20 years of Philadelphia film

The Philadelphia Film Festival begins Oct. 20 with a screening of “Like Crazy,” starring Anton Yelchin and Felicity Jones as two students in love. The festival, celebrating 20 years, continues to unspool through Nov. 3, even though the official closing-night feature, “The Descendents,” starring George Clooney as a cuckolded husband, premieres Oct. 29.

Audiences can also get a sneak peek of two hotly anticipated films opening later this month. “Anonymous” (6:30 p.m. Oct. 22, The Prince; 4:15 p.m. Oct. 23, Ritz East) is an about-face for openly gay filmmaker Roland Emmerich, of “2012,” “Independence Day” and “Universal Soldier” fame. In this period drama, Edward De Vere (Rhys Ifans) claims to have written Shakespeare’s plays. The Sundance favorite, “Martha Marcy May Marlene” (7:40 p.m. Oct. 24, Ritz Five) gives out actress Sarah Paulson a supporting role as the sister of Martha (Elizabeth Olsen), a woman returning home from a cult.

While there are just a few features and documentaries specifically targeting LGBT life, one of the highlights is co-writer/director Mike Akel’s modest gem “An Ordinary Family” (7:45 p.m. Oct. 22, Rave; 3 p.m. Oct. 26, Ritz East). In this graceful coming-home/coming-out comedy-drama, the estranged Seth (Greg Wise) joins his family for a week’s vacation with his boyfriend William (Chad Anthony Miller) in tow. While his sister-in-law Mattie (Janelle Schremmer) knows that Seth is gay and that he is bringing William with him, Mattie’s husband Thomas (Troy Schremmer), a pastor, is completely unaware. Thomas is hurt by and unhappy with Seth’s arrival, and he reacts badly.

Much of the film’s drama stems from how Seth and Thomas negotiate their differences and how they try to reconcile faith and family. Thomas awkwardly expresses his discomfort, while Seth, who cares deeply about what his brother thinks, sees his brother as judgmental.

If the film does stack the deck — making Seth sympathetic and Thomas a bit of a villain — “An Ordinary Family” is still very engaging and only rarely forced. When Akel juxtaposes scenes of the brothers dancing with their partners or trying to see their emotional situation from the other person’s point of view, he seems to be trying too hard. Indeed, the film’s biggest strength is its relaxed, largely observational approach to the action. Viewers will relate to and enjoy watching the characters bond as they eat, drink, play games, joke and talk.

As Seth, Wise is particularly good in his dramatic scenes with Thomas, and he shares a wonderful camaraderie with Miller, who plays his boyfriend William. Miller’s crackerjack timing provides the film with some witty comic relief. Although Schremmer does his best with the difficult task of making the faithful Thomas sympathetic, his real-life wife Janelle is splendid as his level-headed but still-loving wife Mattie.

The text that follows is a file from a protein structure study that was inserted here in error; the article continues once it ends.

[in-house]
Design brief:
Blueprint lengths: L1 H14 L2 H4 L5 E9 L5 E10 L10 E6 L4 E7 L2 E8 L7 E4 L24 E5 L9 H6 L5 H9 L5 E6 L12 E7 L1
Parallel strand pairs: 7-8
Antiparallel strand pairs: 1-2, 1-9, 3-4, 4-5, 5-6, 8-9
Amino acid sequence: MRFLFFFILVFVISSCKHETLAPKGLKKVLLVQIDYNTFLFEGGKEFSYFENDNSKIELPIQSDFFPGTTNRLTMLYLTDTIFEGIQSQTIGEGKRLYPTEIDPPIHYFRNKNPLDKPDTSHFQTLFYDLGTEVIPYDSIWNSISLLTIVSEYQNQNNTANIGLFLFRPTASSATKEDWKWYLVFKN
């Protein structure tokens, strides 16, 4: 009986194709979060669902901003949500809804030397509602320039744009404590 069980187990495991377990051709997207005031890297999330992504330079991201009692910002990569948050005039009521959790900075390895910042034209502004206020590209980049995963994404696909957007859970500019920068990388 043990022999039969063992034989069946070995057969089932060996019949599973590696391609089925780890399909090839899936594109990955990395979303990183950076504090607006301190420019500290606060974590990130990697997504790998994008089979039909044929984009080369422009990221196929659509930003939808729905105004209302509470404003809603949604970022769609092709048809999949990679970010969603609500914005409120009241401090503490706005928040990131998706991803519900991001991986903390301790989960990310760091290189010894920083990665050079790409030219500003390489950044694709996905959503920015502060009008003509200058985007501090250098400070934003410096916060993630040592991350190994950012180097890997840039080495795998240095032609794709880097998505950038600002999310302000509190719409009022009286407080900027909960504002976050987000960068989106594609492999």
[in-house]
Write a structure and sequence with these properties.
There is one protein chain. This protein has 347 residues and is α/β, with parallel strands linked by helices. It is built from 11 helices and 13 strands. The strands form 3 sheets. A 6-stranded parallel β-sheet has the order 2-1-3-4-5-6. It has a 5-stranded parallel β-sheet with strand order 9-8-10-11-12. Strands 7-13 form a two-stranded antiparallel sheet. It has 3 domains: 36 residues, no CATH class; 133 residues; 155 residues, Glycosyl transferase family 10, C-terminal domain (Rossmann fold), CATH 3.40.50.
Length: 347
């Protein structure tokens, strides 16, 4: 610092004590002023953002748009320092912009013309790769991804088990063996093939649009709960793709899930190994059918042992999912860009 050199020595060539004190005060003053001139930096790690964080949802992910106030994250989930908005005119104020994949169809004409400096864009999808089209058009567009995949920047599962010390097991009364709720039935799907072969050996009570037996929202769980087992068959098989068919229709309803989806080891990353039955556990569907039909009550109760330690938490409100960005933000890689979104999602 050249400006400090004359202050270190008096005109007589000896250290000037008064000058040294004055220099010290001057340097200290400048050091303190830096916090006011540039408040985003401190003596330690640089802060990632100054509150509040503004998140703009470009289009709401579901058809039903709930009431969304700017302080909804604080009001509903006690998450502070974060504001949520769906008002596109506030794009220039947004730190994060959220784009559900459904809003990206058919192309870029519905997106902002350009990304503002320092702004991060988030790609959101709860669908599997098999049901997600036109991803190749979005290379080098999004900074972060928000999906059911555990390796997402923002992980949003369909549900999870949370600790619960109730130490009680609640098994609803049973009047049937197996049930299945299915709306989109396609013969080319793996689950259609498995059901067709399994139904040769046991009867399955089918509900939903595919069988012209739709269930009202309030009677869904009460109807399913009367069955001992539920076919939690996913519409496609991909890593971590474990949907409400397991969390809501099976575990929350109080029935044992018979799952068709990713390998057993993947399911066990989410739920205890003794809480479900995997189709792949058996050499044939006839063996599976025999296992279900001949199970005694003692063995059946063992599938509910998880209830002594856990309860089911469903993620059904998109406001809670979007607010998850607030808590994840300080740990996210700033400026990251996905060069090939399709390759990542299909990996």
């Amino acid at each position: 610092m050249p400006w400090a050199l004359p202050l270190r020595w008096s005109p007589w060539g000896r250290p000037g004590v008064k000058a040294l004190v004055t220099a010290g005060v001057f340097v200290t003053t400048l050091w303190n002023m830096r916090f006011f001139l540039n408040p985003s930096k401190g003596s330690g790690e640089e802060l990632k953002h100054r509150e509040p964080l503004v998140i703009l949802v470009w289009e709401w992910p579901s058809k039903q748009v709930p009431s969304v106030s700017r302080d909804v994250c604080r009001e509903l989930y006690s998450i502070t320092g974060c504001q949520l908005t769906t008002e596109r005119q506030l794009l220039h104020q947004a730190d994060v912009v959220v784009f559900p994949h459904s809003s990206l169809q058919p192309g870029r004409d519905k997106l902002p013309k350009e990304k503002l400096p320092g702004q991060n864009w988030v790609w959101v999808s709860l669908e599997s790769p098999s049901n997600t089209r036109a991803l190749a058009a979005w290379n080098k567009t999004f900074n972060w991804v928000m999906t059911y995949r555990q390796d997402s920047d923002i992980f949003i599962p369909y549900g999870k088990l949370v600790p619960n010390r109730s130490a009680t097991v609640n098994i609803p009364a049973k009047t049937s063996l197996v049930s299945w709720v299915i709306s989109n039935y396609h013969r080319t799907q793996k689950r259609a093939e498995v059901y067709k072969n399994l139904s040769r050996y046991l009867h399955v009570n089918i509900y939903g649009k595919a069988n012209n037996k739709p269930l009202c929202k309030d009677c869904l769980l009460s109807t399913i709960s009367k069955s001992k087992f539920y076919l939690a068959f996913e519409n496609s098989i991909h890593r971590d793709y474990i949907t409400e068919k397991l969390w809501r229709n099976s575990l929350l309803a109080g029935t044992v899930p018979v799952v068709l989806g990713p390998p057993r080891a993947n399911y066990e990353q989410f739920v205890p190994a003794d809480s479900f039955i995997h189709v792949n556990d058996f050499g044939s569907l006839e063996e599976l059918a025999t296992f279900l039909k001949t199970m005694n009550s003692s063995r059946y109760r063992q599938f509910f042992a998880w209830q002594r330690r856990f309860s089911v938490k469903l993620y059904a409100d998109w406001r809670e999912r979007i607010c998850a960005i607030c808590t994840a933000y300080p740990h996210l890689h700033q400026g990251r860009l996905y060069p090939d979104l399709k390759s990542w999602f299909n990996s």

Two non-fiction entries with queer appeal also have strong buzz. “Carol Channing: Larger Than Life” (3 p.m. Oct. 23 and Oct. 27, Ritz East) is said to be a fabulously entertaining documentary on the Broadway legend, featuring comments from Lily Tomlin, Chita Rivera and Jerry Herman. “Pina” (5:30 p.m. Oct. 23, Rave) is expected to be an eye-popping 3-D documentary celebrating the work of noted choreographer Pina Bausch.

“The Bully Project,” unseen at press time, strives to be a powerful documentary about an important, topical subject. Note: Only one of the five subjects featured in the film is queer-identified.

One other documentary, however, is more ambitious than good. “Hit So Hard,” about Hole drummer Patti Schemel, plays like an overlong episode of VH-1’s “Behind the Music.” The film traces Schemel’s career in the band, along with her alcoholism, her lesbianism and her drug addictions that lead to her decline and her recovery. The interviews and footage of bandmates Courtney Love and Melissa Auf der Maur, in particular, are compelling, but a little goes a long way. Director/co-writer P. David Ebersole’s focus on female drummers fails to add depth to Schemel’s story; the film as a whole could use some editing. “Hit So Hard” will certainly appeal to fans of the alt-grunge scene and Schemel is at times ingratiating, but the only novelty to this sex, drugs and rock ’n’ roll story seems to be that it’s about a lesbian drummer.

Oddly, perhaps the best section of the festival to see LGBT actors and characters is in the “From the Vaults” program, which brings 20-year-old classic films back to the big screen. Out actress Jodie Foster delivers a stunning, Oscar-winning turn in the controversial “The Silence of the Lambs” (10:10 p.m. Oct. 31, Ritz East). David Cronenberg’s “Naked Lunch” (10 p.m. Oct. 22, Ritz East) is a memorable adaptation of bisexual William S. Burrough’s novel and “Barton Fink” (9:55 p.m. Oct. 30, Ritz Five) features openly gay actor and Philly native Jon Polito in a supporting role.

Lastly, queer actor Udo Kier has both a very funny supporting role as a disgruntled wedding planner in the new Lars von Trier film “Melancholia” (7:05 p.m. Oct. 23, Ritz East) and co-stars with gay icon Jean-Marc Barr in von Trier’s 1991 feature, “Europa/Zentropa” (10 p.m. Oct. 23, Ritz East).

See you at the movies.